Contributions from Shomwatala Shivute:

Shivute’s series of four artworks make use of t-shirts from her family cupboards and storage. Slogans on these shirts have at their core a revolutionary tone and promote the struggle for and maintenance of independence. While these t-shirts are from between 20 and 30 years ago, their message reverberates loudly in contemporary Namibia with regard to the struggle for and maintenance of women’s rights and independence.

Our history, captured as it is in this exhibition, is a record of our resilience. And it is our knowledge of the stories behind these images that make our resilience clear. A photograph of my young aunts laughing together may appear to simply capture a happy moment between siblings. But once I know that one of my aunts was harassed by PLAN soldiers to the point that she went into exile, and that my grandfather was absent for months at a time due to the migrant labour system, and that my aunts and uncles were worried about one of their brothers who went missing and was never found, that image becomes so much more than what it appears on the surface. [Ndapwa Alweendo]


Contributions from Tuli Mekondjo:

The portrait of Mekulu Njokonona by Tuli Mekondjo is a mixed media artwork that evokes a sense of care and respect for the person represented. Mekondjo’s artwork is an artistic response not only to the idea of the everyday archive of independence, but to the interview with Mekulu Njokonona that the artist undertook for this project. The considered approach taken to the visual and conceptual aspects of this artwork and interview, speak to the personal and intimate nature of an archive, and indeed of the stories held within an archive.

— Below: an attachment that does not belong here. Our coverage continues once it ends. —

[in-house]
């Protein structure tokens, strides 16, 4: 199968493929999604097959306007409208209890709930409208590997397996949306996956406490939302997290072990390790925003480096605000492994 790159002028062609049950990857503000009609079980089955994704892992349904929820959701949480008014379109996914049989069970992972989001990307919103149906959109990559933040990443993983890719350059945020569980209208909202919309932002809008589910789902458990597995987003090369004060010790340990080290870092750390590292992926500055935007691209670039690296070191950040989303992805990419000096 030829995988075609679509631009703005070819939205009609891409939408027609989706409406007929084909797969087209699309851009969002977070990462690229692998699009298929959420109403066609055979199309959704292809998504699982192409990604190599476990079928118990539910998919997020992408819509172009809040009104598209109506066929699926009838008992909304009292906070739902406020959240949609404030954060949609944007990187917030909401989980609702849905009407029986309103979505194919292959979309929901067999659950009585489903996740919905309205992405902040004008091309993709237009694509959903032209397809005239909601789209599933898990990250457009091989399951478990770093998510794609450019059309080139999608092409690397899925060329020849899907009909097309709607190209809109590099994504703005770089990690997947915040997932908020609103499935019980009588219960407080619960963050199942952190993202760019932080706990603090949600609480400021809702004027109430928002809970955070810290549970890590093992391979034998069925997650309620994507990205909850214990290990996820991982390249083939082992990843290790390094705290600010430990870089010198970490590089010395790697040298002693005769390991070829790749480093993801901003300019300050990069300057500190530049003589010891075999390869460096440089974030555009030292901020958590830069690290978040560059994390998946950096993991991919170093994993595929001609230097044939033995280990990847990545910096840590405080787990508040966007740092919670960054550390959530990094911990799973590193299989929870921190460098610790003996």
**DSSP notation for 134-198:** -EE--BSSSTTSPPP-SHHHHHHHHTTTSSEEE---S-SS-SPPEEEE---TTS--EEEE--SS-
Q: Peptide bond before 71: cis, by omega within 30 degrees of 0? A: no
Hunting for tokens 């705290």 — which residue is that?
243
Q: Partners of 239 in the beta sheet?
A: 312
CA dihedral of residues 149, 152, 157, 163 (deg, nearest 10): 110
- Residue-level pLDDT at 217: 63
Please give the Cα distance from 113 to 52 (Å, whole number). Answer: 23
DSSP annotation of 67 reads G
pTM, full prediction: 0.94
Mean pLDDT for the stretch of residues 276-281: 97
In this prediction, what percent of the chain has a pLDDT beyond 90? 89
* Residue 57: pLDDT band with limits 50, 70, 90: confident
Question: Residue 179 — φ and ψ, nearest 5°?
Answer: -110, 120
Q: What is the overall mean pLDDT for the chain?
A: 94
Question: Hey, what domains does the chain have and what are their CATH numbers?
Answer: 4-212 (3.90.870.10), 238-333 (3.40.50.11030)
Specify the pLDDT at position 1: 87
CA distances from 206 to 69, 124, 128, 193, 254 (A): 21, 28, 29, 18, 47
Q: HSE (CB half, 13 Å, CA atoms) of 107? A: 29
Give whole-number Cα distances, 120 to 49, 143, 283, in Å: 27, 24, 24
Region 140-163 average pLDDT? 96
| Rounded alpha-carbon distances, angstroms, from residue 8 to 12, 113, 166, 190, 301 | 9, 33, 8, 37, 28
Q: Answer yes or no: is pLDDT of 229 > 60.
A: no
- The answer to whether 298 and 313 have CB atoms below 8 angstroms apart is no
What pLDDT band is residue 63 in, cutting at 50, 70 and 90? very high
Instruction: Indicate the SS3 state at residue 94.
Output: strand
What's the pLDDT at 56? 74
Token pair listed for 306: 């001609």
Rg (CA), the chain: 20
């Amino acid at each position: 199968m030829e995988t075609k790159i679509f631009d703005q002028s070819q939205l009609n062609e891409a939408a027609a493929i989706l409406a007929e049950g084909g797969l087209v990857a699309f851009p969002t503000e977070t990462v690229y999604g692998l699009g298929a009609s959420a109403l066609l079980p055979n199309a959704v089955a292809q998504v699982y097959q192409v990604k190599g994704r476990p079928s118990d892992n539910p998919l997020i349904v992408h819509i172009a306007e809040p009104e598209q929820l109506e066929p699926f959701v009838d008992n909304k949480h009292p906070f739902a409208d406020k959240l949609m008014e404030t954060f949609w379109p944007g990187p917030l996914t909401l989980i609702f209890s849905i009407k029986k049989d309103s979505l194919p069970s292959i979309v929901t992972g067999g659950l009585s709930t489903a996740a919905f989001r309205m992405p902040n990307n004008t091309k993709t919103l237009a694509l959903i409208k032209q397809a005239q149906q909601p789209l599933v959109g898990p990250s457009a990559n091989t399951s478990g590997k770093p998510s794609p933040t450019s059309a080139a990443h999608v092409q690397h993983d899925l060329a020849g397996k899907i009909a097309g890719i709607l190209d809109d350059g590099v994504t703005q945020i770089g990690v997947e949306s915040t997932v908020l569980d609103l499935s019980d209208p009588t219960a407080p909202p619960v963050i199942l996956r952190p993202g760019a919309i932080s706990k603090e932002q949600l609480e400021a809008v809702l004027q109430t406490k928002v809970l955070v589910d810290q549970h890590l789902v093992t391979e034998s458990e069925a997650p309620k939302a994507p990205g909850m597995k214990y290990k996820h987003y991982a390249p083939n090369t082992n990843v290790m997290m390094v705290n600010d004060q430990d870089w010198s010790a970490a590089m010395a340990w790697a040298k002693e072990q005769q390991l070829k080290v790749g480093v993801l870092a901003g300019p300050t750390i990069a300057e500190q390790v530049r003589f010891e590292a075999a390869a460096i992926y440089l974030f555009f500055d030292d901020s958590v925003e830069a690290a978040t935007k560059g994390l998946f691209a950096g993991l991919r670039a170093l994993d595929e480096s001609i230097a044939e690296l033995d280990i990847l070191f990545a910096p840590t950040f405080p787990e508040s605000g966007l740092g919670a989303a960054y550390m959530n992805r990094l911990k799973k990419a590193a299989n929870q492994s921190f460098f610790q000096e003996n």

Meekulu Olivia Ndadilepo “Njokonona” Haufiku, affectionately known as “Meekulu Njokonona’’ was born in 1934 at Engela. She narrates her life, from the time when she was a young girl growing up and looking after livestock in the village and witnessing the war and apartheid in SWA Ovamboland, Namibia. Meekuku recalls when their homestead was bombed by a SADF war plane. She then had to experience working as a laborer in Swakopmund and at Ai-Ais and she describes how she had to have relevant “working papers” or a “PASS” in order to get employment. I asked Meekulu where she got her nickname, “Njokonona”/History from, she replied stating that it came from the History of war, when they used to talk about the war at a homestead while sipping on some tombo. Independence to Meekulu, is freedom of movement in an Independent Namibia, without the need to show her “PASS”. She urges the new leaders to hold on to peace, to have good governance and for Independence to reign. Meekulu also asked us a question: “What is Independence to us all, all of us that is new?

[Tuli Mekondjo]

Omawi Metu; Meekulu NjokononaTuli Mekondjo interviews Mekulu Njokonona
00:00 / 08:08

Contributions from Lok Kandjengo:

Lok Kandjengo’s cardboard print ‘Icons and symbols?’ speaks to the contentious visual memory landscape of Windhoek. The parliament buildings in the centre of the print started as the administrative centre of German colonial rule, then became the seat of the Apartheid South African government and is currently where the democratic Namibian government convene. This building is a political nexus that has shifted over time. Kandjengo’s print works to conflate time and space, bringing the recently contested statue of German general Curt von Francois into the same frame as the parliament buildings, and a statue of the ‘Founding Father’ of Namibia, Sam Nujoma. Kandjengo is well known for his love of cars and in this print we see a farmer's bakkie and an old VW beetle. Both of these cars have been and continue to be symbols of economic privilege. Together with their background we see a complex portrait of power, wealth and freedom.

This archive, like many others, is a tool. In this case, the goal is to recognise the value of moments we commemorate, create a space that sheds light on the complexity of living through trauma, and remind ourselves that oppression and the everyday are not mutually exclusive. [Ndapwa Alweendo]


Contributions from Isabel Katjavivi: